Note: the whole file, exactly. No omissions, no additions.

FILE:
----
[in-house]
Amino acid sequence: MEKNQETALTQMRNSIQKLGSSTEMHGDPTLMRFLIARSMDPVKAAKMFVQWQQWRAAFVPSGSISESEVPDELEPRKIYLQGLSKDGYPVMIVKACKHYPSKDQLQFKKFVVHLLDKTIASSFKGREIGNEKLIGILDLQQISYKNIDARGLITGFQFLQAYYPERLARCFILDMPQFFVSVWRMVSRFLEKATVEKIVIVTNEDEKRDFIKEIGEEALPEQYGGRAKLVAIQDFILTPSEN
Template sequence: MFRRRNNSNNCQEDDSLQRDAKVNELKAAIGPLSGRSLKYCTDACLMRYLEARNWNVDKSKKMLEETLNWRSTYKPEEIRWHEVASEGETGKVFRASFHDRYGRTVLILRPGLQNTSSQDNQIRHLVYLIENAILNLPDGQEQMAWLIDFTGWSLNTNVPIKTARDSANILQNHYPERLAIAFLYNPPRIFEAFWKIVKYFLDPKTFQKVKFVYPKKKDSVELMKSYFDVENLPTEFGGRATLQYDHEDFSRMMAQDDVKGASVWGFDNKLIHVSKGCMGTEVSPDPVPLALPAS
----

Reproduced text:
[in-house]
Amino acid sequence: MEKNQETALTQMRNSIQKLGSSTEMHGDPTLMRFLIARSMDPVKAAKMFVQWQQWRAAFVPSGSISESEVPDELEPRKIYLQGLSKDGYPVMIVKACKHYPSKDQLQFKKFVVHLLDKTIASSFKGREIGNEKLIGILDLQQISYKNIDARGLITGFQFLQAYYPERLARCFILDMPQFFVSVWRMVSRFLEKATVEKIVIVTNEDEKRDFIKEIGEEALPEQYGGRAKLVAIQDFILTPSEN
Template sequence: MFRRRNNSNNCQEDDSLQRDAKVNELKAAIGPLSGRSLKYCTDACLMRYLEARNWNVDKSKKMLEETLNWRSTYKPEEIRWHEVASEGETGKVFRASFHDRYGRTVLILRPGLQNTSSQDNQIRHLVYLIENAILNLPDGQEQMAWLIDFTGWSLNTNVPIKTARDSANILQNHYPERLAIAFLYNPPRIFEAFWKIVKYFLDPKTFQKVKFVYPKKKDSVELMKSYFDVENLPTEFGGRATLQYDHEDFSRMMAQDDVKGASVWGFDNKLIHVSKGCMGTEVSPDPVPLALPAS